The International Group of P&I Clubs says it is concerned by the "indiscriminate and disproportionate application of criminal law in Venezuela in cases where vessels have been targeted by drug smugglers for the carriage of illegal narcotics."
New legislation to regulate the investigation and potential prosecution of shipowners and crews in such circumstances recently entered into force on October 21, 2010. The "Organic Drugs Law" ("ODL"), repealed earlier laws and appears to increase the evidential burden and potential penalties imposed on shipowners and their crews.
It has become the usual practice of the Venezuelan authorities to charge the crew of a vessel on which drugs have been found with concealment and trafficking of narcotics. It appears that the most commonly used methods of secreting drugs on board vessels is by way of a diver attaching them to the vessel's hull or security gratings or placing them inside the rudder stock spaces. While the prosecutor has the theoretical burden of proving beyond reasonable doubt the involvement of the crew in the concealment or trafficking of drugs, in practice this burden has been shown to be relatively easily discharged. Prosecutions under the previous narcotics legislation have resulted in a number of cases of seafarers being convicted and sentenced to substantial prison terms of 8-9 years without any obvious link being established between the activities of the crew and the presence of the drugs on board the vessel. Vessels and their cargo have also been confiscated by the courts. In other cases crews and vessels have been released without members of the crew being prosecuted but only after substantial periods of detention.
It also appears that little weight has been given to cooperation by the crew with the Venezuelan authorities, since the mere presence of drugs onboard a vessel has, in the great majority of cases, resulted in the detention of the vessel and crew and charges being brought against individual crew members.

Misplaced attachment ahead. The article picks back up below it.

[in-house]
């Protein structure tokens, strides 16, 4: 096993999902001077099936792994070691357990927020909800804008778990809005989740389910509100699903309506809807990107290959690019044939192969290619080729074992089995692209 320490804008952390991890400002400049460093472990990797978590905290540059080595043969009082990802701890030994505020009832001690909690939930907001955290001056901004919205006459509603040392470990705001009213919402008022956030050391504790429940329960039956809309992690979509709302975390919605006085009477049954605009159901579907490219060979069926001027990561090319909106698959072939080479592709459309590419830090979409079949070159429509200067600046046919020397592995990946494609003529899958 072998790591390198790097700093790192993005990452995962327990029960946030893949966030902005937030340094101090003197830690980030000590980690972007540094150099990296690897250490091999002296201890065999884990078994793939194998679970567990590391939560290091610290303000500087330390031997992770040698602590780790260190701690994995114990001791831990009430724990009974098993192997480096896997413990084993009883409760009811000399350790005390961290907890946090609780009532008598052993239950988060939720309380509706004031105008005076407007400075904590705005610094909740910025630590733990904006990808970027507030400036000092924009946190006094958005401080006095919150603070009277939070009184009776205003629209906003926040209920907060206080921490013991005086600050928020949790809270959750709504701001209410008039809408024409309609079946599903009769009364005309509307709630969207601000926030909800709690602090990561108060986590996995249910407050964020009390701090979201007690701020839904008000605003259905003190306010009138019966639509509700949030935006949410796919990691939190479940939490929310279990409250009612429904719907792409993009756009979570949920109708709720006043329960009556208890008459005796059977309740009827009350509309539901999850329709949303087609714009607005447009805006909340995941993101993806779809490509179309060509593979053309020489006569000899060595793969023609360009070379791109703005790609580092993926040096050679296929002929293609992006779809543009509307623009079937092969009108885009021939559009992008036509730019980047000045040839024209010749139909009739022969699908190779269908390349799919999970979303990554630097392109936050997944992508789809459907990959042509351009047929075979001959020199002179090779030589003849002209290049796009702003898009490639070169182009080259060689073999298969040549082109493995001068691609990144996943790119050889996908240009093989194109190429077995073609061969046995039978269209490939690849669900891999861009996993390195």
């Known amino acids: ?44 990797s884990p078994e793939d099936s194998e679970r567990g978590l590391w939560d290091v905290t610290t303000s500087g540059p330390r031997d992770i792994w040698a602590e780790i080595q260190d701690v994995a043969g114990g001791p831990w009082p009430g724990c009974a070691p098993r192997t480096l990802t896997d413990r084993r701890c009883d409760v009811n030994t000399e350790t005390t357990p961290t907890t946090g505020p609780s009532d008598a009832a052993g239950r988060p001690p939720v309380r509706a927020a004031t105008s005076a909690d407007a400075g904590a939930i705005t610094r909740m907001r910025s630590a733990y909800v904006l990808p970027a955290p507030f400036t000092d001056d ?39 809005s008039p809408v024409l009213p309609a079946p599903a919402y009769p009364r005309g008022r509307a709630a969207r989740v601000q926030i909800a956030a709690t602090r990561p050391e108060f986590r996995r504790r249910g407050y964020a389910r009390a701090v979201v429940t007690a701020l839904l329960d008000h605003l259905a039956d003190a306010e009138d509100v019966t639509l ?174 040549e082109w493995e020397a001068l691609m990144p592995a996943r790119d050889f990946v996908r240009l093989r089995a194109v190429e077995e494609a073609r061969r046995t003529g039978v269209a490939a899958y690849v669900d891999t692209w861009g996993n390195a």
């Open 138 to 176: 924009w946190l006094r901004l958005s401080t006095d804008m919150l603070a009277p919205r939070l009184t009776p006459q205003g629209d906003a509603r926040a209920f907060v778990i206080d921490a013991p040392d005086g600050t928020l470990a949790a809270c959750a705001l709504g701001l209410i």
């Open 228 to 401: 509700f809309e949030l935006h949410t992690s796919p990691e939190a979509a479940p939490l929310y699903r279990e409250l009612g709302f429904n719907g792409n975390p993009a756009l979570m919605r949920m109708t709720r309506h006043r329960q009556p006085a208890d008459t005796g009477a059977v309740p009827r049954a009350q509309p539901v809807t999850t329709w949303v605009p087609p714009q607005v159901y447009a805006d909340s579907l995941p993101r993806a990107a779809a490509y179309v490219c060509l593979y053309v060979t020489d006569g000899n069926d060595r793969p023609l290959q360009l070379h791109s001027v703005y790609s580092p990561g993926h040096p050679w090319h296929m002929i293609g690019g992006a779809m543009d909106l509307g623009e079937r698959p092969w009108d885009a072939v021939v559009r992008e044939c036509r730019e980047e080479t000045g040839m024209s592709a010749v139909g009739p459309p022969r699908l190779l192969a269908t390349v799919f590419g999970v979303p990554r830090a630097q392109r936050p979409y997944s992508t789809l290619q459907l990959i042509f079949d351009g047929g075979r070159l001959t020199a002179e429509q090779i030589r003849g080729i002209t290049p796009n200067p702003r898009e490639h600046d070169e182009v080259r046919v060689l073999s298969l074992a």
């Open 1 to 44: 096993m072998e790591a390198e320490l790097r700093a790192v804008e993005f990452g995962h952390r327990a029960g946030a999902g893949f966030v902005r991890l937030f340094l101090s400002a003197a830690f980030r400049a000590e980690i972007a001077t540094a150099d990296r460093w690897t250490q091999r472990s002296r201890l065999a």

The international shipping community has raised with the Venezuelan Permanent Representative to the IMO and individual members of the Venezuelan Congress, their concerns that the application of the law has unfairly resulted in innocent seafarers being detained, prosecuted and convicted, when their vessel has been targeted by drug smugglers without their knowledge. Unfortunately it seems that the ODL, rather than addressing these concerns has introduced a more onerous regime.
Under the ODL a crew member will commit a crime if he is involved in the illicit traffic, commerce, sale and distribution, concealment, carriage by any means, storage or brokerage of illegal narcotics.
"Concealment" includes any actions related to the concealing or simulating the illicit possession of narcotics.
"Trafficking" includes the production, manufacture, extraction, preparation, offer, distribution and sale, delivery, brokerage, shipment, carriage, import or export of narcotics.
A seafarer convicted of an offense under the ODL is liable to imprisonment of between 15 and 25 years. This is a substantial increase in the terms prescribed by the repealed legislation. Moreover judges and prosecutors who are held not to have properly applied the legislation for a variety of reasons, are subject on conviction to terms of imprisonment ranging from 4 to 8 years.
The OLD, as did the repealed legislation, provides for the confiscation of vessels employed in the commission of an offence. At the request of the prosecutor a judge may order the preventive seizure of a vessel concealing or trafficking narcotics for up to three months until a preliminary hearing, at which the owner must demonstrate a lack of intention to commit an offense. The effect of the ODL is to place the burden of proving such lack of intention upon the owner. It is highly unusual to compel a party to prove a negative -- in this case a lack of intention. It is not yet clear, what if any, evidence would be accepted by the court as sufficient to discharge this difficult concept of "lack of intent". However the International Group is advised that factors which may assist an owner in discharging this burden would include:
The fact that the vessel was on bareboat charter and the owner had insufficient control over its use to form the required intention.
The fact that the vessel was chartered (either on a voyage or time basis) and the owner was not involved with the planning of the vessel's itinerary.
The existence of a third party management contract -- particularly relating to the commercial management of the vessel -- may also be relied upon to show an owners' "lack of intention".
If, one year after the preventive seizure of the vessel, an owner has not entered an appearance or there is evidence that it has abandoned the vessel, the prosecutor may apply for the vessel to be confiscated by the Venezuelan state.
The International Group says that it and its industry partners "all wish to work with the Venezuelan authorities in an effort to frustrate the activities of the narcotic traffickers and to ensure that vessels and their crews are fairly treated in circumstances where they have not been complicit in the concealment of drugs on board. As noted above contact has already been made with Venezuela's permanent representative at IMO and members of the Venezuelan Congress in this regard and efforts will continue to engage the relevant authorities in dialogue regarding this problem."